Skip to content

Discharge advice for patients with a permanent pacemaker (PPM)

Download and print as a PDF


What will happen before I leave hospital?

Your pacemaker will be checked by a cardiac physiologist, who will then arrange for you to have a further pacemaker check approximately six to eight weeks after the implant date. They will give you a pacemaker identification card with the details of your device. Keep this card with you at all times.

You will have an X Ray taken which is checked by a doctor.

The nurse will clean the wound and apply a new dry dressing. You should be given two new dressings to take home: please ask the nurse if this does not happen.

How should I care for my wound at home?

Always wash your hands before caring for your wound. Leave the dressing on for the first two days, then replace the dressing and keep covered for a further two days. After this you may leave the wound without a dressing.

Should I limit my activities?

  • Avoid lifting anything heavy and avoid strenuous physical activities for the first few weeks.
  • Avoid lifting your arm above your head on the side of the implant until you have your pacemaker device checked approximately six to eight weeks after your implant.
  • Do not immerse the wound site in water for the first seven days. No hot baths or swimming. Showers are recommended after 24 hours. Do not wash the wound directly.
  • Talc, deodorant and perfume should not be used near to the wound.


  • You must not drive a car or a motorcycle for one week.
  • If you hold a LGV or PCV licence then you must not drive for six weeks.
  • You must inform the DVLA that you have a pacemaker and they can give further advice on any driving restrictions: visit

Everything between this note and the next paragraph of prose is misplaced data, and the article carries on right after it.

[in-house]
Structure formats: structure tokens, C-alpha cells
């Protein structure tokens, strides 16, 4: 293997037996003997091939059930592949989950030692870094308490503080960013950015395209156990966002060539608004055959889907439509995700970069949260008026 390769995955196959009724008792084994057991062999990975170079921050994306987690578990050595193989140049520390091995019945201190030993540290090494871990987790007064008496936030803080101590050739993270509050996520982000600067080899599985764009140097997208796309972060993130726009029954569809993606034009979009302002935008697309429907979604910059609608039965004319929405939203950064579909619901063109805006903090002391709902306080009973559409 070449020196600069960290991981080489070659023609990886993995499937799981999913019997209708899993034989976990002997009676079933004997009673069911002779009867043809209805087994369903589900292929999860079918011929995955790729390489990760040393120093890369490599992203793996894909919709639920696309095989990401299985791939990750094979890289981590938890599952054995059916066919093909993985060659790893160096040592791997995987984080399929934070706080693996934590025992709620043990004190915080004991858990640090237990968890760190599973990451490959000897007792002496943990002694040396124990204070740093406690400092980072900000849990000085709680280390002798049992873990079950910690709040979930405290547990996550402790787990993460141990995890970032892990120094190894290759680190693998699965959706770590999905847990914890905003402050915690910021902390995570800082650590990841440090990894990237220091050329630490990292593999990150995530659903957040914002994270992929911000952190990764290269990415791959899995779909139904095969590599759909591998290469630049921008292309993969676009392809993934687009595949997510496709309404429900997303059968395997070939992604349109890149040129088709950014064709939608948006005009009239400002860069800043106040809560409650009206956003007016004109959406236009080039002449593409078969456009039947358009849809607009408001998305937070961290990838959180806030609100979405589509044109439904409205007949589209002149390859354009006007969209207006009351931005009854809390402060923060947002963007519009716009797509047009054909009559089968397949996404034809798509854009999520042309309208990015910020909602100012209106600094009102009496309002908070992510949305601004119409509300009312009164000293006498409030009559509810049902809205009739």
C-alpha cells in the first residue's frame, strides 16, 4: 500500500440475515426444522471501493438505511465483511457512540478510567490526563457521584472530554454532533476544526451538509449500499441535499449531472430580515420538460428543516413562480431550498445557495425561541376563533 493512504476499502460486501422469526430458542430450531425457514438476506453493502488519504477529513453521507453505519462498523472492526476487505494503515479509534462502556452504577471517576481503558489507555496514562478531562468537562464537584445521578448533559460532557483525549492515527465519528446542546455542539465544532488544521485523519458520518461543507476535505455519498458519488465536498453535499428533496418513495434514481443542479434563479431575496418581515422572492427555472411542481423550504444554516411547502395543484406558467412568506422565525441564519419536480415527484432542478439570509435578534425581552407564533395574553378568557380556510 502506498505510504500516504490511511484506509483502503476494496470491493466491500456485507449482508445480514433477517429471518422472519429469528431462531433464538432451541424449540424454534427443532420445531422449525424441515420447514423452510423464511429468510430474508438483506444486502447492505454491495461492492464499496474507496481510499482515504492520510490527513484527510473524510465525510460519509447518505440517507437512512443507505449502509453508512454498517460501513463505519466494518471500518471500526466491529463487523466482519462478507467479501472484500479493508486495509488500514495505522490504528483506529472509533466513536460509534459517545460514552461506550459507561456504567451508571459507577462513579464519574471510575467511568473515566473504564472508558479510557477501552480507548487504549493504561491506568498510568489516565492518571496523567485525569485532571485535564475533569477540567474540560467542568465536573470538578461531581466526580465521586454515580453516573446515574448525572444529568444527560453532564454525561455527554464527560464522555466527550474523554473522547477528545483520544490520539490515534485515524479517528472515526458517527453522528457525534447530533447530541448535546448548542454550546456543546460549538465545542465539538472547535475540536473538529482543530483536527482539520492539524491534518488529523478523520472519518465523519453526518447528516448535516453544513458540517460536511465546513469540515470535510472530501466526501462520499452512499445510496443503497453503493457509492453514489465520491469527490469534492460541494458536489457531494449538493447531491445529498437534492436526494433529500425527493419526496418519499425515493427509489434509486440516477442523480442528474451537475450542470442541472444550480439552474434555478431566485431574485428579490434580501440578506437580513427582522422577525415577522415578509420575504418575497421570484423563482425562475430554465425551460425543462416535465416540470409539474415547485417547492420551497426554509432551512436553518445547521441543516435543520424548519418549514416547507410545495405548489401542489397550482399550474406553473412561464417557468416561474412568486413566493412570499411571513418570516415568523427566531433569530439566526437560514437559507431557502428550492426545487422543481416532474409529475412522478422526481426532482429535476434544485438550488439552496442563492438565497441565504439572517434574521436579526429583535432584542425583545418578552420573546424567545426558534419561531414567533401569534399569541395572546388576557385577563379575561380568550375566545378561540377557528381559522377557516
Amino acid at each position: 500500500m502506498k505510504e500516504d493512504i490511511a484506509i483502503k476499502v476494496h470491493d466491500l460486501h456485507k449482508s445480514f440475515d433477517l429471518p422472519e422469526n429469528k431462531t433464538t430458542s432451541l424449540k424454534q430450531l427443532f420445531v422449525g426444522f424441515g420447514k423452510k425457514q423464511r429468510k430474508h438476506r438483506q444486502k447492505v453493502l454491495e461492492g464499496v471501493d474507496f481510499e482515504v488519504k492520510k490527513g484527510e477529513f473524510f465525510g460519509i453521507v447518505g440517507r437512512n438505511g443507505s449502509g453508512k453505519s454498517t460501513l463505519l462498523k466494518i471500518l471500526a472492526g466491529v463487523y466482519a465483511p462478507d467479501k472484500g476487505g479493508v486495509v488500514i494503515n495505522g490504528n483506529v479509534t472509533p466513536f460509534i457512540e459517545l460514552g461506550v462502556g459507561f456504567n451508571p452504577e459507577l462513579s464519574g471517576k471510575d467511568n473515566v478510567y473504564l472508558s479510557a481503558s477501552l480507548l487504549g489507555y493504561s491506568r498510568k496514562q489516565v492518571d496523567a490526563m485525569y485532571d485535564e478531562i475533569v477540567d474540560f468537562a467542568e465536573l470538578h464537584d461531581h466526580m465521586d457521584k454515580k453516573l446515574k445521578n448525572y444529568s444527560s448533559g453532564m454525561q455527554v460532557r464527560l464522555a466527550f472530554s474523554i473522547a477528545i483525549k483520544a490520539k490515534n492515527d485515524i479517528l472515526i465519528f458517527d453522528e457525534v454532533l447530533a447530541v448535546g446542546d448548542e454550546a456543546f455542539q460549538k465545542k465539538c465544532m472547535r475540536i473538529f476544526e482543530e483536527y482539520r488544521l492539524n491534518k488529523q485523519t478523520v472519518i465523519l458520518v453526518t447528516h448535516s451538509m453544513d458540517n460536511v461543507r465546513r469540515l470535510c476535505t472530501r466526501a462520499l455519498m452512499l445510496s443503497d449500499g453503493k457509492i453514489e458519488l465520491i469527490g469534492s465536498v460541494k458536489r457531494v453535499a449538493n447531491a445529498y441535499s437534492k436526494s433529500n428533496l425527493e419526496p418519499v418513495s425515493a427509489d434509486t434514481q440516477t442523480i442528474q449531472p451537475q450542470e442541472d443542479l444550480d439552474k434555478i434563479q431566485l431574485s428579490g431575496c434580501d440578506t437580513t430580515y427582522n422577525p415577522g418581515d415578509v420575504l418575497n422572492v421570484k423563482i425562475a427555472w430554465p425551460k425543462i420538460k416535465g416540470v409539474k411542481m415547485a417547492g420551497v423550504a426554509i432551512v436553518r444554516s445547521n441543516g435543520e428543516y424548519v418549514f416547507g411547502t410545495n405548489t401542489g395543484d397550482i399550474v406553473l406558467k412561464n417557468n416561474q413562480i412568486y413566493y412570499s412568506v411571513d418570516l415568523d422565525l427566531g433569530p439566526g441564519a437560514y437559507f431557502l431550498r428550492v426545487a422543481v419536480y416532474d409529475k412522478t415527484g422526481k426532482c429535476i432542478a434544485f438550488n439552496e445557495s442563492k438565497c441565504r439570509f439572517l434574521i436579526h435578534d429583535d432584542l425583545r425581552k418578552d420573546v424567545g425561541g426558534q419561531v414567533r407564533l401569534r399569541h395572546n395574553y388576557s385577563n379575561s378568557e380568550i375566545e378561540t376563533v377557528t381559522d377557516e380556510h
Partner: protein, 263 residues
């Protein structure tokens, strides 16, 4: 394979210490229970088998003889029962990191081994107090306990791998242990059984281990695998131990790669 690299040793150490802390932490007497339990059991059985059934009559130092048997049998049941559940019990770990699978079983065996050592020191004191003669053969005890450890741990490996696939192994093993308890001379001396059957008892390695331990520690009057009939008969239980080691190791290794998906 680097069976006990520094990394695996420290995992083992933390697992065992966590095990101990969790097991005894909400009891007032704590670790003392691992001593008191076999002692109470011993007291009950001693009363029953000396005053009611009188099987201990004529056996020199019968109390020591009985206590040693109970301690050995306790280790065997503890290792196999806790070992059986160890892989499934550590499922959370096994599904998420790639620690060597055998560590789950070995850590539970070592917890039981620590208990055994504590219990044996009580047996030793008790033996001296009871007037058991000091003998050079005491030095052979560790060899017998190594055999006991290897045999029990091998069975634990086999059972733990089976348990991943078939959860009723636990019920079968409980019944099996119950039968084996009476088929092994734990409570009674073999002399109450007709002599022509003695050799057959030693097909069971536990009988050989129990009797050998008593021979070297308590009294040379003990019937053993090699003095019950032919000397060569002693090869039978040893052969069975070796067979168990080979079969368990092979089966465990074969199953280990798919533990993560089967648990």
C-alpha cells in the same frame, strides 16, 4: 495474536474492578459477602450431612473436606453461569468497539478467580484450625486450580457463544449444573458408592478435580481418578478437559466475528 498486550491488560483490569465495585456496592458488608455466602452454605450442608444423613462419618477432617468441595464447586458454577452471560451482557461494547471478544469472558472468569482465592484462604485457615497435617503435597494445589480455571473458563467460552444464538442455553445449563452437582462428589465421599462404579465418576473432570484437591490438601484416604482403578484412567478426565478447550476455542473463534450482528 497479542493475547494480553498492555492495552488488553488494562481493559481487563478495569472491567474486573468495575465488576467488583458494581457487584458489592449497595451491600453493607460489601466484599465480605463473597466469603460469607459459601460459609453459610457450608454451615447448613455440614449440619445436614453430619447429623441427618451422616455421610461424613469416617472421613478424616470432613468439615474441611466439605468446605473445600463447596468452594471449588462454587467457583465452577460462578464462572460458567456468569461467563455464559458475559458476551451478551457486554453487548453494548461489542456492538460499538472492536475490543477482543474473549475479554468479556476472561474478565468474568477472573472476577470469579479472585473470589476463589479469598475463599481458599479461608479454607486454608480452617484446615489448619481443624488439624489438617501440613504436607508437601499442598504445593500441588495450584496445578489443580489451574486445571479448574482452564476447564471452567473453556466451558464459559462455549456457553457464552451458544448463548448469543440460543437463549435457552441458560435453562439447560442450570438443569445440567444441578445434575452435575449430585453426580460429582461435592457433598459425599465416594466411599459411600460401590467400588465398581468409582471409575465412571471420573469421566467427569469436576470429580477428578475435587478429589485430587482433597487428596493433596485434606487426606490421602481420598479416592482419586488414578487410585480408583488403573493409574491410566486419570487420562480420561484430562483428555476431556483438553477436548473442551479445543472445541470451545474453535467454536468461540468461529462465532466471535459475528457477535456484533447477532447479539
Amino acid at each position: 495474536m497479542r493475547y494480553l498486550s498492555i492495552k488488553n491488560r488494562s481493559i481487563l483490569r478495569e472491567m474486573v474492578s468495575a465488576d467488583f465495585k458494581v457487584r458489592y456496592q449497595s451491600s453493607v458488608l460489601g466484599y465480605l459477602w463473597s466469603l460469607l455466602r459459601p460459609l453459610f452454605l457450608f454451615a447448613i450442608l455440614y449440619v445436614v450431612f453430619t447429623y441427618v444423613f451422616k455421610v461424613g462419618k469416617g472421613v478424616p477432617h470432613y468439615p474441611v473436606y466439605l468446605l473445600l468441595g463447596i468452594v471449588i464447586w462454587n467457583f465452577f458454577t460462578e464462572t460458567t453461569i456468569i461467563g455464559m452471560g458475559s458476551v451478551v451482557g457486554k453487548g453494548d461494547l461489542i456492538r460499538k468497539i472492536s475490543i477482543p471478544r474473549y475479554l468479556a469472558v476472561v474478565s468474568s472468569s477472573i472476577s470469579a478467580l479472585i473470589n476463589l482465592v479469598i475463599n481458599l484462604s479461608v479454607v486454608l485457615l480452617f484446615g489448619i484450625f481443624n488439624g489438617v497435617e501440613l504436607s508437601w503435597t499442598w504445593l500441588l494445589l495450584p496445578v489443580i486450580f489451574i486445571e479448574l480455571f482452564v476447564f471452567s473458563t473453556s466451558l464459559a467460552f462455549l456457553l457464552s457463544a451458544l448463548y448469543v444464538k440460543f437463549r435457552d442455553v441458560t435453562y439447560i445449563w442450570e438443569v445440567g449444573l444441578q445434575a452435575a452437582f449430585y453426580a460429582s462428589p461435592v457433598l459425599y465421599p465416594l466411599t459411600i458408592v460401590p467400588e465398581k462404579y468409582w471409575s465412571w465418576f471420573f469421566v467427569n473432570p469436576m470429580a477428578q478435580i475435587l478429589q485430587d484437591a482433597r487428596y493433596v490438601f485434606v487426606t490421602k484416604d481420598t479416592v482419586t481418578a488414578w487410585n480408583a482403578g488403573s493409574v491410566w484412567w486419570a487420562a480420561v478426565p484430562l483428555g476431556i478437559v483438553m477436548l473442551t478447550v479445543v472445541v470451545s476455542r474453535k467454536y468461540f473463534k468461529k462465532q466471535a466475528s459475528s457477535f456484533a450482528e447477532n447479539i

•  Always carry your pacemaker identification card with you and inform security that you have a pacemaker. Airport screening systems may, very rarely, cause problems with your pacemaker.
  • Some countries may ask you to go through the security system. If this happens, it is important that you move quickly through the gateway.


  • Refrain from work for one week, sometimes longer, depending on your condition and type of job you do.
  • If your job involves any strenuous activity, i.e. heavy lifting, then it is advisable to avoid this for longer.
  • You should discuss your return to work with your employer and your doctor.

What signs should I look out for?

Keep an eye on the wound site over the next five days. If you have any bleeding or discharge, or notice any redness or swelling, opening of the wound, or excessive tenderness, please contact the Cardiac Care Unit.

How can I prevent a pacemaker related infection?

As well as wound care, long term it is important to have good dental hygiene, have regular check ups with your dentist and to avoid body tattoos or body piercings.

What happens next?

A detailed report will be sent to your GP which will be copied to you.

If the hospital doctor would like to see you again in the outpatients clinic, an appointment will be sent out to you through the post.

Please help yourself to any of the information booklets available on the ward.

Feel free to talk to your nurse about any concerns you may have or any health education you feel you may benefit from.

Contact details for the Cardiac Care Unit.

If you have any concerns about your wound site, or specific to your cardiac procedure during your first week at home, please contact us.

Telephone number: 01273 696955, extension 4484. You can call this number at any time.

Other useful contacts are:

The Cardiac Device Team 01273 696955, extension 4090. Monday to Friday, 9am to 5pm


For more general concerns, please contact your GP.

Patient advice and liaison service (PALS).

We recognise that coming to hospital can sometimes be difficult and we are here to help, should you need it.

If you have any issues or concerns about your care it is always best to speak initially to the person in charge of the ward or department. If you’re not happy with their response, please do get in touch with PALS.


The information in this leaflet is for guidance purposes only and is in no way intended to replace professional clinical advice by a qualified practitioner.

Publication Date: July 2020

Review Date: April 2023

Pin It on Pinterest

Share This